Iowa State University will honor Clarinda man killed in World War II
AMES, Iowa — Despite catastrophic damage to the aircraft flown by Donald T. Griswold Jr. during the Battle of Midway, he did not retreat.
Griswold was born July 8, 1917, to Don Griswold Sr. and Margaret North Griswold in Bryan, Texas. Five years later the family returned to Griswold Sr.’s home state of Iowa to a farm in Amity Township outside Clarinda. Griswold Sr. became the Page County Extension agent.
Growing up on a farm and as the son of an extension agent, Griswold’s childhood was tied to agriculture. While attending Clarinda High School, he participated in 4-H vocational agriculture clubs. Griswold and his brother North brought home medals from the county agricultural fair in 1933 for their raised market hogs.
Griswold was also a skilled athlete, running track and playing football for the Clarinda High Cardinals.
He started classes at Iowa State University (then College) in 1936, majoring in agronomy. Griswold also participated in several student activities, including as a member of the local chapters of the American Society of Agronomy and the Society for Advancement of Management, as well as becoming a member of the Adelante fraternity. His father was a founding member of the fraternity, as well as a 1909 graduate of Iowa State.
Griswold was perhaps best known during his time at Iowa State as the “backfield ace” for the ISU football team from 1938-1940. His sophomore year, Griswold helped lead the Cyclones to a 10-game winning streak. For his performance, Griswold received three varsity letters.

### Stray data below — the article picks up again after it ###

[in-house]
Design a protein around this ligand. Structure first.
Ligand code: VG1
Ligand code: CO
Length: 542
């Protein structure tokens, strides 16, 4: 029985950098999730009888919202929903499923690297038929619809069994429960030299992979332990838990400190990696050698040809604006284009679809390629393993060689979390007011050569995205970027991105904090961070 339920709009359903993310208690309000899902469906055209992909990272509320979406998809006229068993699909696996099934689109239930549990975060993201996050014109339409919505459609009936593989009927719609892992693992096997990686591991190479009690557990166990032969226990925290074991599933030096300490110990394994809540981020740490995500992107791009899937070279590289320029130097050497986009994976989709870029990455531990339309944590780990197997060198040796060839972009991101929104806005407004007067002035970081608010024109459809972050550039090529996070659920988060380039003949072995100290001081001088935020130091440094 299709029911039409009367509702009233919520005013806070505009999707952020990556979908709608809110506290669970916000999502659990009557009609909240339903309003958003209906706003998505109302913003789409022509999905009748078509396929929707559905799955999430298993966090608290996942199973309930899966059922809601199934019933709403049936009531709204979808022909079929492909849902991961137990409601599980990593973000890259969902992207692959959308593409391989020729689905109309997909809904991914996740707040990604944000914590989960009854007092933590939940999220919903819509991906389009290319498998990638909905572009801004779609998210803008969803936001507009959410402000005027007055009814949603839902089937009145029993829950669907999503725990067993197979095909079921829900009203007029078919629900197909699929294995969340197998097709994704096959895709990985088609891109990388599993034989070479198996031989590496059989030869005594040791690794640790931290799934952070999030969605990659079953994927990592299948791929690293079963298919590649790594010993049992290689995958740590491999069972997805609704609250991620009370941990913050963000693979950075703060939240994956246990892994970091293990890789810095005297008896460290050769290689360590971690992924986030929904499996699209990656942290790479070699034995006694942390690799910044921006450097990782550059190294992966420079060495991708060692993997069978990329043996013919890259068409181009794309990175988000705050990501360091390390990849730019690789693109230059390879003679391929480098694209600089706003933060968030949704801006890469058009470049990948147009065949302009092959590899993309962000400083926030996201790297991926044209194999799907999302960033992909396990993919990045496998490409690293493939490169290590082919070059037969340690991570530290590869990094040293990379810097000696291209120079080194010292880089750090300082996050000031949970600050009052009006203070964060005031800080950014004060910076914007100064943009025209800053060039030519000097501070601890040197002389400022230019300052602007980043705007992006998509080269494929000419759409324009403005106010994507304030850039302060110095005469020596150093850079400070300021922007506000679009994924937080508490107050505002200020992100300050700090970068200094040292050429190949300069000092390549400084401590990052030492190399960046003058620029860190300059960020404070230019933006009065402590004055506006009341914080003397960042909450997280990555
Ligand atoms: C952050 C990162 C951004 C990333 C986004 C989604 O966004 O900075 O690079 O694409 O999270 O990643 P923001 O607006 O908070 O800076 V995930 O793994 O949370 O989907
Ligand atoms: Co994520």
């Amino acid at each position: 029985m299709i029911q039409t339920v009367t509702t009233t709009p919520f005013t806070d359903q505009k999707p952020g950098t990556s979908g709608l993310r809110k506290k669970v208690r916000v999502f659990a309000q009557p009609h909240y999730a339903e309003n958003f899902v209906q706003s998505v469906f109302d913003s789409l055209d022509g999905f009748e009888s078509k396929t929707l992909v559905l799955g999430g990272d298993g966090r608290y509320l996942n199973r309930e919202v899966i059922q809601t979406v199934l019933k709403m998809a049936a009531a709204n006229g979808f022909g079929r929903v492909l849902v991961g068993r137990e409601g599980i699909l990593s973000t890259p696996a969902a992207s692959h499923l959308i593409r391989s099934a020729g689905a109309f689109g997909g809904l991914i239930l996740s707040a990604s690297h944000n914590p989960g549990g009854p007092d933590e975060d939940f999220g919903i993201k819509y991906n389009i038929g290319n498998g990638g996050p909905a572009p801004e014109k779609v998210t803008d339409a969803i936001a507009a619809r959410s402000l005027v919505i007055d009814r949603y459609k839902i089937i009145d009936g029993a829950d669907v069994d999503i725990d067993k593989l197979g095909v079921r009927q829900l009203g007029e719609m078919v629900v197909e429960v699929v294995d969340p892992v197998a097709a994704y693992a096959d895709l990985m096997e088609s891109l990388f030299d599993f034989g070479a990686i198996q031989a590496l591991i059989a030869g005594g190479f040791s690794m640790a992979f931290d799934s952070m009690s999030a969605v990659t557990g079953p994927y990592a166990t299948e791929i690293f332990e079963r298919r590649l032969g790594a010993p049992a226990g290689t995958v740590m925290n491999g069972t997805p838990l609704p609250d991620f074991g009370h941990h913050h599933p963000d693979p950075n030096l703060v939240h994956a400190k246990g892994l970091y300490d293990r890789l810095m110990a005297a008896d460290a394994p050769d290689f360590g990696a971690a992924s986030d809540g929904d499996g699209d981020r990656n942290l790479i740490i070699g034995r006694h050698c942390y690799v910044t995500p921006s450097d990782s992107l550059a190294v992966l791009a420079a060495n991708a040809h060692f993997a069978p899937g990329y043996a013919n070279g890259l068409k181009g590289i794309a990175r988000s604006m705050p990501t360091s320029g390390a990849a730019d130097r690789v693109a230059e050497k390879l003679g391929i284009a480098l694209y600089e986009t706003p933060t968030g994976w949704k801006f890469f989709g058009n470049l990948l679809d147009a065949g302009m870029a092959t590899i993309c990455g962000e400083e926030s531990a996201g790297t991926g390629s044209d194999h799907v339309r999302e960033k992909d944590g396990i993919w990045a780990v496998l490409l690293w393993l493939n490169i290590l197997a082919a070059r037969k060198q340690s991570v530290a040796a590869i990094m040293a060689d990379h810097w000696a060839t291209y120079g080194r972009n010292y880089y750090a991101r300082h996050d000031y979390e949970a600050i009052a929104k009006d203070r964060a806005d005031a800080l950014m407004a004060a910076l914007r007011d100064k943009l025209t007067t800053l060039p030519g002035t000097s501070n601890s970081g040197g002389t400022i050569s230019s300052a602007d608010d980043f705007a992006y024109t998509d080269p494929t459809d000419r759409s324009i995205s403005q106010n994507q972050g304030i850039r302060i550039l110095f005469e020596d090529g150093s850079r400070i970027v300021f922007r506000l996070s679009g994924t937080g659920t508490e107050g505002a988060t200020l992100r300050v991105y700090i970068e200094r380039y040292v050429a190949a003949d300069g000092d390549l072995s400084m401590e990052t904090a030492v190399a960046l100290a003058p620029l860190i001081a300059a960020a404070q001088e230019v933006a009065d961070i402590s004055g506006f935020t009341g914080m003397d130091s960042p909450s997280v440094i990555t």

In June 1939, then-President Franklin D. Roosevelt signed the Civilian Pilot Training Act, which authorized the Civil Aeronautics Authority to create programs that could quickly train large numbers of civilian pilots. One of these programs was located at the Ames airport, which is where Griswold learned to fly.
He graduated from Iowa State in March 1941, and enlisted in the U.S. Navy Reserve as an air corps cadet. Griswold reported for training at Fairfax Field in Kansas, but because of his previous training was transferred to advanced training in Pensacola, Florida. He became a commissioned ensign and was assigned to the USS Hornet.
Because the aircraft carrier was still under construction, Griswold had a two-week furlough during which he returned to Clarinda to visit his family. He then reported to Norfolk, Virginia, and boarded the USS Hornet as part of Scouting Squadron 8.
The Hornet’s first mission was a bombing raid on the Japanese Home Islands in April 1942, now known as the Doolittle Raid. A month later, the ship received assignments to attack enemy ships and aircraft headed their way during the Battle of Midway.
On June 6, 1942, Griswold and radioman-gunner Kenneth Bunch took off with 13 other planes from Scouting Squadron 8 on a mission to attack reported enemy ships near the Hornet. They came under heavy anti-aircraft fire, and their plane suffered crippling damage. Griswold did not retreat, instead putting the plane into a dive to drop a bomb on the lead Japanese cruiser Mikuma. However, due to the plane’s damage, Griswold could not pull out of the dive and crashed into the ocean.
For his sacrifice, Griswold was posthumously awarded the Purple Heart and the Distinguished Flying Cross.
In his honor, the Navy commissioned the USS Griswold on April 28, 1943. The Griswold set out to the same Pacific theater where the man for whom it was named had given his life a year before. Just as Griswold’s service in the Battle of Midway had “helped start the victorious drive” in the Pacific theater, the ship that carried his name participated in the “very final movement[s]” of the conflict.
Written by the MU and University News Service